The Pittsburgh Steelers spent much of the time between their last playoff victory and now replenishing their roster in preparation for their next chance to make a push for a championship. Last season showed signs that the team was on its way out of that transitional phase after posting a division-winning 11-5 record following back to back .500 seasons.
Still, the Steelers failed to make it out of the divisional round, and have lost their last three postseason contests, dating back to Super Bowl XLV. They followed up that 2010 run with a 12-4 wildcard campaign that saw a first-round exit, and subsequently failed to return to the playoffs the following two years.
So how close might they be to righting the ship and returning to that place that they have been more than any other franchise—that is, holding up the Lombardi Trophy? One way to attempt to measure that would be to compare how this season’s lineup projects against past teams.
For these purposes, it might be helpful to cite both the 2008 and 2010 teams, which are, respectively, the teams that have claimed their most recent Super Bowl championship and their most recent Super Bowl appearance.
With the start of the 2015 season, the Steelers are embarking on their first campaign in over a decade without Troy Polamalu, once a perennial All-Pro and in all likelihood a future Hall of Famer in spite of the rarity with which true safeties actually get inducted.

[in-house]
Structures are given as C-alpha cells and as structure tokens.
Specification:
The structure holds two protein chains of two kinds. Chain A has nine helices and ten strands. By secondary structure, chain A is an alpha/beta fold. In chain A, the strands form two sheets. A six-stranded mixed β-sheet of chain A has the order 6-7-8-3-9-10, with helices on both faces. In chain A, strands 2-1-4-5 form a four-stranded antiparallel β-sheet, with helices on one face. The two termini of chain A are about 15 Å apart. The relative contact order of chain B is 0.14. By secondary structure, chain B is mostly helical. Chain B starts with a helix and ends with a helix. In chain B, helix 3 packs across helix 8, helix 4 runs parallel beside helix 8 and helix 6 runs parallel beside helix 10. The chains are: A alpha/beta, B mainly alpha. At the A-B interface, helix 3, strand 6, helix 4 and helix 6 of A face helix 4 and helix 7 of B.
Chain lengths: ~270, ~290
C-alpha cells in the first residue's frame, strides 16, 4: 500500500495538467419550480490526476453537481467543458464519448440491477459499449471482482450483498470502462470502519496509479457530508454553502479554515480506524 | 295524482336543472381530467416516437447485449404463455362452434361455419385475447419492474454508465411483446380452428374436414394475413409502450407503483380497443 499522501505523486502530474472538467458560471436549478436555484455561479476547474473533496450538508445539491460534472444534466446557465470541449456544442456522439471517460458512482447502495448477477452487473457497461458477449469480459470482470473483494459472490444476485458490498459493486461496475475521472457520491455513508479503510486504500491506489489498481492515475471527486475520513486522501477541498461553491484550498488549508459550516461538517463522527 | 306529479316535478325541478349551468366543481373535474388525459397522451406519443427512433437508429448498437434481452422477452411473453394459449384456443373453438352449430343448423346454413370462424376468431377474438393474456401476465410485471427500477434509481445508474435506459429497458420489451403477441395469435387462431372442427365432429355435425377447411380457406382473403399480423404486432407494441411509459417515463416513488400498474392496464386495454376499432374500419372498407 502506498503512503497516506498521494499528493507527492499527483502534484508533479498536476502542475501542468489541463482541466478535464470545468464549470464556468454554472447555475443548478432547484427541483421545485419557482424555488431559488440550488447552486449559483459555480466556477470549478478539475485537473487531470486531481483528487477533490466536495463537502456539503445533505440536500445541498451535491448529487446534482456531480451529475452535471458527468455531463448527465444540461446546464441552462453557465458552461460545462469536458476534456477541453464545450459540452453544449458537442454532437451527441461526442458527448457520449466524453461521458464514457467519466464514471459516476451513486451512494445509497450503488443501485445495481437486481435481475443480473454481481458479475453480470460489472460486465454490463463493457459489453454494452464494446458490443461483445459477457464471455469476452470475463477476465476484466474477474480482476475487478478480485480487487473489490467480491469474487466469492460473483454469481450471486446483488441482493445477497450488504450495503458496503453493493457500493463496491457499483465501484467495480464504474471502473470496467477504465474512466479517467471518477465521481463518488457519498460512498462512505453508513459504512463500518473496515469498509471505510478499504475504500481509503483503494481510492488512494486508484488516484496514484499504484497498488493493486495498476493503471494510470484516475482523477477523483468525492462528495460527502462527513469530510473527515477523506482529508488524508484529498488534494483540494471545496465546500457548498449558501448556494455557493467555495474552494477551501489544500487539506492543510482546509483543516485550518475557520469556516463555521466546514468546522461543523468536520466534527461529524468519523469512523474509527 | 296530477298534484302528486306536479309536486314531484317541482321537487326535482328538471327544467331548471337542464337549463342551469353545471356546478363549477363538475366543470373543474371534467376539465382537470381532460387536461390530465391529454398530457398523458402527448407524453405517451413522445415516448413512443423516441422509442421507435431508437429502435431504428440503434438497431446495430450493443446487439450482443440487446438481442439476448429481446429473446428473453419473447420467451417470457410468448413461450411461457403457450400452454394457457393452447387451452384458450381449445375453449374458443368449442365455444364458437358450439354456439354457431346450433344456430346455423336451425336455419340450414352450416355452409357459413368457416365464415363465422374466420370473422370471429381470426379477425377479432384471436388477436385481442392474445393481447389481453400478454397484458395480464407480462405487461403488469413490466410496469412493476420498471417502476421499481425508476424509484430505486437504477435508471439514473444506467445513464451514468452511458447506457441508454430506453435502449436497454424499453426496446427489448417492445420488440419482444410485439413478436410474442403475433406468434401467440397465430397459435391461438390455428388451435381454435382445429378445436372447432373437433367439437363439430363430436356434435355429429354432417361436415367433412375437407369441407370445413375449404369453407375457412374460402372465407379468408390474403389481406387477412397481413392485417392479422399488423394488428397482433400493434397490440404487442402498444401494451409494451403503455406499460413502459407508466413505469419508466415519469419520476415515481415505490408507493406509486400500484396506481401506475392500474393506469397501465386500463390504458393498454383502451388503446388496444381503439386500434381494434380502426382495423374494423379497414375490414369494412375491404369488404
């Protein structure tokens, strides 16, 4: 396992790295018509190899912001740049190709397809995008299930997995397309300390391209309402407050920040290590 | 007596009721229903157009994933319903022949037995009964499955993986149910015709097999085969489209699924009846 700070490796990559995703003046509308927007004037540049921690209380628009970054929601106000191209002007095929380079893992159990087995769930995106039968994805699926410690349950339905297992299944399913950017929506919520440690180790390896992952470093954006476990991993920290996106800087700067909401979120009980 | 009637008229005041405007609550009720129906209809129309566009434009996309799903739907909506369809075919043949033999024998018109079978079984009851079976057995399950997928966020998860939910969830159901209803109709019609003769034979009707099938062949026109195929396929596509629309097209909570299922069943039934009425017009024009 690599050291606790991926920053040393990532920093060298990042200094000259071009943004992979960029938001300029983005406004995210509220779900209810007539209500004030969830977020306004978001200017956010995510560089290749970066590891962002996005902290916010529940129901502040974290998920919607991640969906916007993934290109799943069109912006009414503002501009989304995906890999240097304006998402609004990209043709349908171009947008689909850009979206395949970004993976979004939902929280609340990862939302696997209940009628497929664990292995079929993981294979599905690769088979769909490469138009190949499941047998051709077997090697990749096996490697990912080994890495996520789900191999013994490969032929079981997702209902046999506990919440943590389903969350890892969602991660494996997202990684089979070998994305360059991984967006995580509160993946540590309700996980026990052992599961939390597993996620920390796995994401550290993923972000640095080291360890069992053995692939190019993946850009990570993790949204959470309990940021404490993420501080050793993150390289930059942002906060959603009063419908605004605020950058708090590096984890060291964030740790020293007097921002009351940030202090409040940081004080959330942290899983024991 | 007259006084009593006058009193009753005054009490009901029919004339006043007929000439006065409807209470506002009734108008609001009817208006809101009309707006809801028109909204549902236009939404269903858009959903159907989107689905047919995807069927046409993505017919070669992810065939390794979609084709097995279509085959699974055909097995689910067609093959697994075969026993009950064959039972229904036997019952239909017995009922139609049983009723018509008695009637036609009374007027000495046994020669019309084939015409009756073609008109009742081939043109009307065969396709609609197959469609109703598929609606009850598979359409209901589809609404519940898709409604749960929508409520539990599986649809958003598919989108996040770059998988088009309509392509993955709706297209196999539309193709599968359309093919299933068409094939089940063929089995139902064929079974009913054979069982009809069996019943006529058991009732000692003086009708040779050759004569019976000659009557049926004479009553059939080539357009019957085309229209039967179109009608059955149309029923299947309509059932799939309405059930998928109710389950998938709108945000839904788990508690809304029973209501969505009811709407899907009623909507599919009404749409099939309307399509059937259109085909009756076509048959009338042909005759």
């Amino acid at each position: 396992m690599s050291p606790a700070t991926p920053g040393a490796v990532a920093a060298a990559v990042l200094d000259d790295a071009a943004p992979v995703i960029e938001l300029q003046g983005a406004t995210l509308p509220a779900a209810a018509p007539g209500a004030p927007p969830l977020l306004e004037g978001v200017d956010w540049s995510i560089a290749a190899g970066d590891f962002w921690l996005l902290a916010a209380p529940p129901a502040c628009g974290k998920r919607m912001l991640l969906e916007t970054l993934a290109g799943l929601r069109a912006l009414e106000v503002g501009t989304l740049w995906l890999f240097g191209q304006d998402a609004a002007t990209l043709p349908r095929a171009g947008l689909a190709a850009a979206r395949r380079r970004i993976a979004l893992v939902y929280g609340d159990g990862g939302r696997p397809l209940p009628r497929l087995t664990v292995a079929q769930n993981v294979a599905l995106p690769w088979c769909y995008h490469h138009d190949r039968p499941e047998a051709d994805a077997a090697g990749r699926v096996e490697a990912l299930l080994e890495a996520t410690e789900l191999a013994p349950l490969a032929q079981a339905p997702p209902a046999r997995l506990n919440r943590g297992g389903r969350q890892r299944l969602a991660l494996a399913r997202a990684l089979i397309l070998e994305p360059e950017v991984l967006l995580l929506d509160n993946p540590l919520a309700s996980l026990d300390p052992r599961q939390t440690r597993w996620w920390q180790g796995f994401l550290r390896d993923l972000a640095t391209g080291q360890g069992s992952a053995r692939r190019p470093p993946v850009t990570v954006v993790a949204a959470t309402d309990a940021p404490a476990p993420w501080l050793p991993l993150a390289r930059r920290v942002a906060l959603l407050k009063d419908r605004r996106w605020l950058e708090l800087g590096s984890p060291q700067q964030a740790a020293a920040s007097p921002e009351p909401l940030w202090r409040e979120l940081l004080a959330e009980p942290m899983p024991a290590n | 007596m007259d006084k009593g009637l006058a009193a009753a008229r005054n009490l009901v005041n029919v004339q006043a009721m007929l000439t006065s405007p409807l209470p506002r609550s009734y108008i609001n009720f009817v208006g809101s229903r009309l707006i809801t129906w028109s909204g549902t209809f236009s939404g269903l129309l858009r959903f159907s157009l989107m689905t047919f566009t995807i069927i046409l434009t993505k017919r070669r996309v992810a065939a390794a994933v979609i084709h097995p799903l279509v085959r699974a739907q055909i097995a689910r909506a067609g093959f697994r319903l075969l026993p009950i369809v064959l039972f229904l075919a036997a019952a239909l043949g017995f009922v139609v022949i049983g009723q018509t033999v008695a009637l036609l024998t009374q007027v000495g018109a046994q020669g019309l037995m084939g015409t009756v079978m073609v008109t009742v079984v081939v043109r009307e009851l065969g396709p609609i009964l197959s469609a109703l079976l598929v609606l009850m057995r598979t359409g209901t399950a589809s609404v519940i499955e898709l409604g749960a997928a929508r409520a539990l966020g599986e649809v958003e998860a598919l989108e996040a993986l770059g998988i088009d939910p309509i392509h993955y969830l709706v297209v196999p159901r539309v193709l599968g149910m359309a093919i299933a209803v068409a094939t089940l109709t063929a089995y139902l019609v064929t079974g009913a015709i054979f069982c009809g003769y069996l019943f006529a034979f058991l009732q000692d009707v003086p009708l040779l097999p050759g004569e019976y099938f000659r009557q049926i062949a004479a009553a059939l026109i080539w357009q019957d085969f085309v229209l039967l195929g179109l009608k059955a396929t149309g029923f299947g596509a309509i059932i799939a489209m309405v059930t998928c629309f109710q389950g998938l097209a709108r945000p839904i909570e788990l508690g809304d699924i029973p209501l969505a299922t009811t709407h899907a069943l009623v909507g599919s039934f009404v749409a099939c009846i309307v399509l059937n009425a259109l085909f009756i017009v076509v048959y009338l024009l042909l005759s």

In other words, at least with respect to the strong safety position, it’s a virtual certainty that this spot in the roster will be weaker today than it was during the years in which the Steelers made a run at the Super Bowl or won it all.
In both the 2008 and 2010 seasons, Polamalu posted career-high interceptions totals, finishing each year with seven. In 2010, he also added a forced fumble and a touchdown, which helped earn him the league’s Defensive Player of the Year award, even though an Achilles injury ended up slowing him down during the postseason run that culminated in a loss in the Super Bowl.
Following his retirement, the Steelers are banking on third-year safety Shamarko Thomas stepping up and cementing his claim as the heir apparent, having spent time training with Polamalu last offseason in preparation for this moment.
In spite of the fact that he was seemingly drafted with the idea in mind that he would take over the strong safety position, he received curiously little playing time last season, though injuries and the quality play of Will Allen do go a long way toward explaining why that was.
Allen, too, is back, but even though he suggested that he doesn’t know what will happen, he did acknowledge that Thomas ran with the starters during the spring. Others seem to disagree, but I think it’s safe to say at this point that Allen is merely the fallback option at this point in case of disaster.
Thomas’ play as a starter will be one of the most critical developments to follow this season, because it will go a long way toward determining just what kind of defense the Steelers are capable of being in the near future. If he comes out and plays well right away, then perhaps those championship aspirations can remain intact.